In General

Experts from the UK’s staffing industry have been commenting on the latest employment figures from the Office for National Statistics. Published last week, the new data shows the unemployment total tumbling by 53,000 to 1.54 million in the first three months of 2017, while the share of people aged 16 to 64 now in work has reached 74.8 per cent.

Kevin Green, the Chief Executive of the Recruitment and Employment Confederation (REC), highlighted the growing signs of a worsening skills crisis in the UK, which are implicit in the data. The REC’s own surveys confirm that candidate availability has been falling.

As real income continues to decrease, people are becoming aware that the best way to obtain a pay hike is to change jobs, Mr Green said. Recruiters are reporting that starting salaries are rising as hirers seek to attract talent with pay incentives. Yet, he noted, some people are being deterred from moving jobs by indications that the economy is “creaking.”

Following the 8th June election result, Mr Green warned, whichever party forms a Government will have to tackle the numerous challenges involved in keeping the jobs market in a healthy state. A pressing priority will be dealing properly with the skills shortage, as UK businesses will inevitably suffer if they are unable to fill vacancies.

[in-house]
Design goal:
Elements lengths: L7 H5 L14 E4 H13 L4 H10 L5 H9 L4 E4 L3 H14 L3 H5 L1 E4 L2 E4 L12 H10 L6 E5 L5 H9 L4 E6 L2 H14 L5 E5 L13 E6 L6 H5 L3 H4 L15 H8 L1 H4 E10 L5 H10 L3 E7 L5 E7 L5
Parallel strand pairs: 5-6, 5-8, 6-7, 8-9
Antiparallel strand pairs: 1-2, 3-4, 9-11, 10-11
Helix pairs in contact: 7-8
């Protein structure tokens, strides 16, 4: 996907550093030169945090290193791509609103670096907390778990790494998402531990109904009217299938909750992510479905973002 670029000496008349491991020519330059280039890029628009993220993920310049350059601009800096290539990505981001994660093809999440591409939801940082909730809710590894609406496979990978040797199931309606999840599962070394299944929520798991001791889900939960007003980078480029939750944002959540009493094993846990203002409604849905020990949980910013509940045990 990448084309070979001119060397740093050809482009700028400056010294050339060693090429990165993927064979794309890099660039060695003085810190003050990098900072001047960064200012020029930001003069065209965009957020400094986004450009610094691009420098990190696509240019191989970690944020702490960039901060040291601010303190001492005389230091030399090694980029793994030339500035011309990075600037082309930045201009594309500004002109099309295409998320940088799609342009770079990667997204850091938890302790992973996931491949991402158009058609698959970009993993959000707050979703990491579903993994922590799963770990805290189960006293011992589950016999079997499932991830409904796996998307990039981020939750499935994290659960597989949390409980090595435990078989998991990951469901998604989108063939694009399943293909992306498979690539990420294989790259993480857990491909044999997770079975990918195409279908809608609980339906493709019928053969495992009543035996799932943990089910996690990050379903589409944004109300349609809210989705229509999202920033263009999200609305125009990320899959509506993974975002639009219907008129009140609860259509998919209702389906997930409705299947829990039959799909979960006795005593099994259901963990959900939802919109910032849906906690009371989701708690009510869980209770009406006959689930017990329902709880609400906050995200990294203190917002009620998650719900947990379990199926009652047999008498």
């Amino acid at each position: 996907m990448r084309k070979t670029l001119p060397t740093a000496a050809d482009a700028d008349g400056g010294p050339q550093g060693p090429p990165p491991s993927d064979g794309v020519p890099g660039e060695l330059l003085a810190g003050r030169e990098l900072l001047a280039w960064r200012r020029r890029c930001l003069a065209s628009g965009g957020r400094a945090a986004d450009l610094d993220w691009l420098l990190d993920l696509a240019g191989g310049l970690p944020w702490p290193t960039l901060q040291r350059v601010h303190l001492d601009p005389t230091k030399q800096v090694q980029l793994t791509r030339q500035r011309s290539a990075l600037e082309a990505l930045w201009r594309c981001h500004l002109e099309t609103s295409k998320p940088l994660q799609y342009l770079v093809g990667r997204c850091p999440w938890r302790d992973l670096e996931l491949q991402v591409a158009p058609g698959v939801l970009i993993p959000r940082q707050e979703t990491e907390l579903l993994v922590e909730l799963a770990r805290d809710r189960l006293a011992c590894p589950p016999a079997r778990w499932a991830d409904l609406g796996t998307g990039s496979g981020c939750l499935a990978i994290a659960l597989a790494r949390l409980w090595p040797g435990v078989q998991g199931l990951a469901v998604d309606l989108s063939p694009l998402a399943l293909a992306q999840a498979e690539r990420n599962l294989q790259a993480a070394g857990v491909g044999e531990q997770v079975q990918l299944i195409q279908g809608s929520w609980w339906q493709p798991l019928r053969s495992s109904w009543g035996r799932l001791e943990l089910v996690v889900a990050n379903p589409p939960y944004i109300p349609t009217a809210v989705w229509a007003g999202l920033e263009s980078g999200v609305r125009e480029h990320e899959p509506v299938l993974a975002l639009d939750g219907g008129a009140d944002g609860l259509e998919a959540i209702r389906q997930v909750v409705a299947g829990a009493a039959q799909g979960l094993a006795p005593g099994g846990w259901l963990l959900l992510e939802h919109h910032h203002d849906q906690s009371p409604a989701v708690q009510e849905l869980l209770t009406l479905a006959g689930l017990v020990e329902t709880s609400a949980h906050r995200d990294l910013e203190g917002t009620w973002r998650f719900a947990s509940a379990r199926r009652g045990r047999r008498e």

He called for “serious investment in skills” for jobseekers and an agile and pragmatic approach to immigration if labour market needs are to be met.

Meanwhile, Julia Kermode, Chief Executive of the Freelancer and Contractor Services Association (FCSA), an Umbrella Company trade association, welcomed the rise in permanent hiring, which she said reflected growing business confidence.

However, warning of forthcoming labour market problems, she added: “Self-employment decreased slightly last quarter, but year-on-year, the 381,000 increase in the UK workforce includes [more than] 82,000 self-employed, which is 21.5 per cent of the increase in people working. However, we are also seeing some early indications of difficulties ahead, with CIPD’s survey results issued yesterday suggesting that 19 per cent of organisations expect to announce a pay freeze, with wages set to rise by just one per cent in the year ahead.”

Ms Kermode went on to observe that, should the CIPD’s predictions prove accurate, businesses are likely to become more cautious about expanding their permanent headcounts and turn instead to skilled contracting professionals and other freelancers, using short-term talent to plug staffing deficits and manage fluctuations in demand. Such a development, she added, would turn out to be good news for the UK’s flexible professional contracting community.

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